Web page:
Oil rings don't seem right to me, like maybe they're for a standard bore? Or they're oversize, for a 350cc? At best, they don't appear able to have much pressure against the cylinder wall. In the first pic, the bottom oil ring is on top of the spacer, but it has been disassembled and handled, they don't normally slip out of place like that though. The spacer should cover the ends of the rings and help hold them in place on the ring lands.

I will also take a closer look at the outside of the piston and inside the cylinder. Honestly looking at the pics are not like looking at it in front of you. I have tried to do the best but will look for evidence of scuffing by wiping clean as it has oil streaks and dirt from being handled since removing....

I wonder if the top rings are installed upside down. Rings normally have marks that get installed facing up, then the marks also tell which ring goes where. Or maybe the bore job wasn't done right?



Hard to judge the pic of the cylinder. I would get it measured and see what's up. it does have some scoring, and marks that look like it may have sat a long time ... Unless that's just the bottom of the stroke, but I don't think so.


Small chance that it could be honed and a new set of rings installed, but it needs measured with an inside micrometer..



The rings and ring lands do appear carbon-free, so they most likely weren't stuck, but the oil rings just don't look right.


Did the shop remove the head when they lapped the valves? The gaskets should still look new.
Lots of info from you. Yes they did remove the head and gaskets do look new. I will take a look at the new piston I have to compare the rings. I'm thinking as a kit the rings came from Wiseco installed and should be correct. Went out and did a quick comparison of the two pistons rings. On the installed one the 2 top rings extend about the same with the bottom one less. On the new one the 3 rings are staggered, the top extend most, second less and bottom one less.
 

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I've never received a new piston with the rings already installed, but I suppose that could be something new. ???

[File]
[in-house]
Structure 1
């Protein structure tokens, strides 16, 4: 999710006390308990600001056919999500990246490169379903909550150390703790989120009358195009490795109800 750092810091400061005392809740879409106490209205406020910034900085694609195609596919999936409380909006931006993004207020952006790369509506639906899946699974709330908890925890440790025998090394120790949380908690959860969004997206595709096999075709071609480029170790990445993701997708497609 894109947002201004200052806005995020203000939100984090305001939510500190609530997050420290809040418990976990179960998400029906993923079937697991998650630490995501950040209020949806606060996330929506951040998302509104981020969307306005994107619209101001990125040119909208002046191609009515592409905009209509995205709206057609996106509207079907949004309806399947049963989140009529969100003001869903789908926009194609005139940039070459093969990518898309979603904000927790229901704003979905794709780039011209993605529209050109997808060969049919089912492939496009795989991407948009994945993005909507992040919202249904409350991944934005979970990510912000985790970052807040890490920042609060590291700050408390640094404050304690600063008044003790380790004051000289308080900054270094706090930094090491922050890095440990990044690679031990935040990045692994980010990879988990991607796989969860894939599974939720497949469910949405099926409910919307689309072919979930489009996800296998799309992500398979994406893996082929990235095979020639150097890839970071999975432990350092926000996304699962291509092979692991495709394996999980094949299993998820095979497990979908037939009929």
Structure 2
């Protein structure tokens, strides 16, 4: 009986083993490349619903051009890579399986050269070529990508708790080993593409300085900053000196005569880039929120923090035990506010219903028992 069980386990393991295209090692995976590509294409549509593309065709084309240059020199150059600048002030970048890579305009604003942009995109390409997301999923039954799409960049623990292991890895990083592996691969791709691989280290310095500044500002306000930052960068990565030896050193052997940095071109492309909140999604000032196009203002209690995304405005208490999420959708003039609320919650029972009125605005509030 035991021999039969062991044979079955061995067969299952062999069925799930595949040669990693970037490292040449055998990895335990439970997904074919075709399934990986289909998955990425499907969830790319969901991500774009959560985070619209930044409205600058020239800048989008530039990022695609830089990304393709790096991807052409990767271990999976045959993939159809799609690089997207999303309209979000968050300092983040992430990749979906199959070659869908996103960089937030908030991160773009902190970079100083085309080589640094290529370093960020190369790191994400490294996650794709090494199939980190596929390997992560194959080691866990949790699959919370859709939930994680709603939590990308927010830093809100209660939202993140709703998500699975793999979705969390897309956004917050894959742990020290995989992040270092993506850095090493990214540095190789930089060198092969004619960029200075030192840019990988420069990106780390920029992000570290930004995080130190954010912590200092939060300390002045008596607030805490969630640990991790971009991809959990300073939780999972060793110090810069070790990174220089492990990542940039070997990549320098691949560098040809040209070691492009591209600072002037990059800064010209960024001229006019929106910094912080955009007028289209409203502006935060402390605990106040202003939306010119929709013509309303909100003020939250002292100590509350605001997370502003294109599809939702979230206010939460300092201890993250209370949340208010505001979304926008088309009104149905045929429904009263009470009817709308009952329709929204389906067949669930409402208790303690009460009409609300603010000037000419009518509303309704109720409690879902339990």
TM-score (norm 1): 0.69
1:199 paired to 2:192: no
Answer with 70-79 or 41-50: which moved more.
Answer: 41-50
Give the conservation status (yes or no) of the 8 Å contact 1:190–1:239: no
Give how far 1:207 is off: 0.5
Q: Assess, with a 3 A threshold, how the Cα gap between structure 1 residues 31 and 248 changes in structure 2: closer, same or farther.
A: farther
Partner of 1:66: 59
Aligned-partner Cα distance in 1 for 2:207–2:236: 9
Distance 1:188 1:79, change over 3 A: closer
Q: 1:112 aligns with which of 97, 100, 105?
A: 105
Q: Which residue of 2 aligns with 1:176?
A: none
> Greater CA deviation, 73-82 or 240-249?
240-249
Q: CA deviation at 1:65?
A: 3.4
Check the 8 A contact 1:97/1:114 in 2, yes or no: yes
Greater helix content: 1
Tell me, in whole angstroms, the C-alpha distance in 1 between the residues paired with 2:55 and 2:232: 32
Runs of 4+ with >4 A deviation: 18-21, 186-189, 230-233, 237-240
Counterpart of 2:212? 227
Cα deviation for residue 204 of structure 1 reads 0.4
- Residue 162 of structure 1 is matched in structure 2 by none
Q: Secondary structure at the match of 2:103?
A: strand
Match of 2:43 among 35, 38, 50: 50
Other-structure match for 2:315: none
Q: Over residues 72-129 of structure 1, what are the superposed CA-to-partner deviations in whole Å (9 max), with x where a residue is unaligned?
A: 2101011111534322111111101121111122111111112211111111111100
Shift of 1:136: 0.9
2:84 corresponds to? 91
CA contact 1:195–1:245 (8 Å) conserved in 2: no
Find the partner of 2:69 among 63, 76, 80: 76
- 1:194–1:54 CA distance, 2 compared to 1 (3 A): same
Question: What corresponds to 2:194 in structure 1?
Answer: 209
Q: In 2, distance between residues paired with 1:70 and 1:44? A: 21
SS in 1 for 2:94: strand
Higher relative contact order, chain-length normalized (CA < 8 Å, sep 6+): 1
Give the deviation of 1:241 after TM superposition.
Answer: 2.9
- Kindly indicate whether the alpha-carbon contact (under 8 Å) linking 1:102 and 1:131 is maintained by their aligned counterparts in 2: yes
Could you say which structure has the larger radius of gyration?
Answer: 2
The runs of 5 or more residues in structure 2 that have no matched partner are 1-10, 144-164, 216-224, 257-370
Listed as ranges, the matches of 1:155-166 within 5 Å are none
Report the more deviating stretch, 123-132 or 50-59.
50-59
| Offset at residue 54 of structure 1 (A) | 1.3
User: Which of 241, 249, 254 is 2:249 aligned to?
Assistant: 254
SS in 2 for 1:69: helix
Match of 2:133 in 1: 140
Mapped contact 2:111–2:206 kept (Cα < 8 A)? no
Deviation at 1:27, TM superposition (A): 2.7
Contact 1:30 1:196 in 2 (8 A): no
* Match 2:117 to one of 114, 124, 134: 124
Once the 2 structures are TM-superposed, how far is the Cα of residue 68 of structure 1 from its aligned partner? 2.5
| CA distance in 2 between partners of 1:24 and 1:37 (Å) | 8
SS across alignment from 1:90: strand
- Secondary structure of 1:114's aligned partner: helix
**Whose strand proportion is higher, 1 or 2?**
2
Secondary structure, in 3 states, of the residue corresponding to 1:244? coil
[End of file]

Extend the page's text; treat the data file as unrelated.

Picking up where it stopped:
How do the new bottom rings compare to the ones you just took out?


Definitely something off somewhere. The piston still looks fairly new, but it has all that scuff, it's smoking, and the oil rings appear too small to do much.
 

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Discussion Starter #30 (Edited)
Just went outside to compare the old and new pistons. I cleaned up the old one and there are vertical marks on it but surface. I scraped my fingernail across them and couldn't feel any scuffs. So then took a look at the new one and it has similar marks. AFAIK, it is new as it is clean. I need to look at the cylinder closer tomorrow to see what it looks like. If sand or something was in there should also be vertical scuffing? Will have my auto mechanic friend look at the piston and cylinder to see what he says. Maybe post a side by side pic of both pistons for comparison..
 

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Discussion Starter #31
Can you post pics of the cylinder walls and the side of the piston?


That's a fair amount of carbon in pic #1.



One thing you can do at home.... Carefully remove the top ring from the piston, keeping the top of the ring oriented the way it has been running. Put the ring, top facing up, about 1/4" down into the cylinder. Using the piston to push the ring down can help make sure it's square in the bore. Now using a feeler gauge, measure the gap between the ends of the ring.


If the top ring breaks, try the second one. You have to work the rings off in a spiral, unless you happen to have a ring spreader.



The oil rings are the bottom rings on the piston. How do they look? If you push the oil rings inward on the piston, how much do they stick out on the opposite side?
So I did this today with the removed piston. The 2 top rings came off very easily, figured it would more of a challenge. Neither one had any markings on to tell what position or which way should be up. I stuck the first ring into the cylinder with the top up as it came out and pushed down with the piston to sit correctly. The gap between the ends of the ring was around .030.